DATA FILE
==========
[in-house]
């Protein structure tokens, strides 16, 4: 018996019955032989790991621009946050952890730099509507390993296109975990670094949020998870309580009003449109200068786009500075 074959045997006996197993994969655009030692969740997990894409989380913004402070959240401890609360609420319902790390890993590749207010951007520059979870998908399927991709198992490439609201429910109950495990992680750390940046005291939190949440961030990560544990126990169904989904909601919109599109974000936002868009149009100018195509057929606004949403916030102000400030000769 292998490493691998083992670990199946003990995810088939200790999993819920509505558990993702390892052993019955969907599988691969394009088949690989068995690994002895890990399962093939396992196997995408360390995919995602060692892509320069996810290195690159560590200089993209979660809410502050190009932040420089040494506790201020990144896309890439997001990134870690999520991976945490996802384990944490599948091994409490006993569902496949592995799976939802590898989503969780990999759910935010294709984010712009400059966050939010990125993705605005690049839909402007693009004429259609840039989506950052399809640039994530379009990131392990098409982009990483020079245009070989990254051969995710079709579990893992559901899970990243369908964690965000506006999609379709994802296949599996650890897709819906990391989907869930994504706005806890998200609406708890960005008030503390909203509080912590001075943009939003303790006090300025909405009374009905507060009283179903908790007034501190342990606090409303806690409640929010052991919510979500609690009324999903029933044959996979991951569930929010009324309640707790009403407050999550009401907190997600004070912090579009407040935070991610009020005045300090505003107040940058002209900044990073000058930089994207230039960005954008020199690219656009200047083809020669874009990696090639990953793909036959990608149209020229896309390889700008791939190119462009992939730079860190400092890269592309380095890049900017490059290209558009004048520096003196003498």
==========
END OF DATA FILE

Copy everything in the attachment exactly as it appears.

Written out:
[in-house]
């Protein structure tokens, strides 16, 4: 018996019955032989790991621009946050952890730099509507390993296109975990670094949020998870309580009003449109200068786009500075 074959045997006996197993994969655009030692969740997990894409989380913004402070959240401890609360609420319902790390890993590749207010951007520059979870998908399927991709198992490439609201429910109950495990992680750390940046005291939190949440961030990560544990126990169904989904909601919109599109974000936002868009149009100018195509057929606004949403916030102000400030000769 292998490493691998083992670990199946003990995810088939200790999993819920509505558990993702390892052993019955969907599988691969394009088949690989068995690994002895890990399962093939396992196997995408360390995919995602060692892509320069996810290195690159560590200089993209979660809410502050190009932040420089040494506790201020990144896309890439997001990134870690999520991976945490996802384990944490599948091994409490006993569902496949592995799976939802590898989503969780990999759910935010294709984010712009400059966050939010990125993705605005690049839909402007693009004429259609840039989506950052399809640039994530379009990131392990098409982009990483020079245009070989990254051969995710079709579990893992559901899970990243369908964690965000506006999609379709994802296949599996650890897709819906990391989907869930994504706005806890998200609406708890960005008030503390909203509080912590001075943009939003303790006090300025909405009374009905507060009283179903908790007034501190342990606090409303806690409640929010052991919510979500609690009324999903029933044959996979991951569930929010009324309640707790009403407050999550009401907190997600004070912090579009407040935070991610009020005045300090505003107040940058002209900044990073000058930089994207230039960005954008020199690219656009200047083809020669874009990696090639990953793909036959990608149209020229896309390889700008791939190119462009992939730079860190400092890269592309380095890049900017490059290209558009004048520096003196003498």